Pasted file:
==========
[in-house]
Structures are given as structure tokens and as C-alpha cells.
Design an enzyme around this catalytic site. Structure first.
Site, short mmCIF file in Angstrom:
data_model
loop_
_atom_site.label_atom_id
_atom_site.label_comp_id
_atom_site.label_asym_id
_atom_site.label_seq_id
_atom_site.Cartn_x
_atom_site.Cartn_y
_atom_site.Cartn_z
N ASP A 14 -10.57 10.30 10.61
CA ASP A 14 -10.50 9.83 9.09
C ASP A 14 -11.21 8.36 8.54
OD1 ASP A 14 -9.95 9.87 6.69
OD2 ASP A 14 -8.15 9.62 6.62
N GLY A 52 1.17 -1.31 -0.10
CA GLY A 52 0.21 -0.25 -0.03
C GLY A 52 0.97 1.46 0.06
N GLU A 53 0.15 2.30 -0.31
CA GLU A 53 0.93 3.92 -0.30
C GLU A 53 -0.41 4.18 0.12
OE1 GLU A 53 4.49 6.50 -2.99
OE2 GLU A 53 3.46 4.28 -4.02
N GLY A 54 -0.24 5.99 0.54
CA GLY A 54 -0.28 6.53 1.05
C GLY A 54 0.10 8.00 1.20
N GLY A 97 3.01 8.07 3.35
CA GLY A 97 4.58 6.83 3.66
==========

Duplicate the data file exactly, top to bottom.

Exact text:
[in-house]
Structures are given as structure tokens and as C-alpha cells.
Design an enzyme around this catalytic site. Structure first.
Site, short mmCIF file in Angstrom:
data_model
loop_
_atom_site.label_atom_id
_atom_site.label_comp_id
_atom_site.label_asym_id
_atom_site.label_seq_id
_atom_site.Cartn_x
_atom_site.Cartn_y
_atom_site.Cartn_z
N ASP A 14 -10.57 10.30 10.61
CA ASP A 14 -10.50 9.83 9.09
C ASP A 14 -11.21 8.36 8.54
OD1 ASP A 14 -9.95 9.87 6.69
OD2 ASP A 14 -8.15 9.62 6.62
N GLY A 52 1.17 -1.31 -0.10
CA GLY A 52 0.21 -0.25 -0.03
C GLY A 52 0.97 1.46 0.06
N GLU A 53 0.15 2.30 -0.31
CA GLU A 53 0.93 3.92 -0.30
C GLU A 53 -0.41 4.18 0.12
OE1 GLU A 53 4.49 6.50 -2.99
OE2 GLU A 53 3.46 4.28 -4.02
N GLY A 54 -0.24 5.99 0.54
CA GLY A 54 -0.28 6.53 1.05
C GLY A 54 0.10 8.00 1.20
N GLY A 97 3.01 8.07 3.35
CA GLY A 97 4.58 6.83 3.66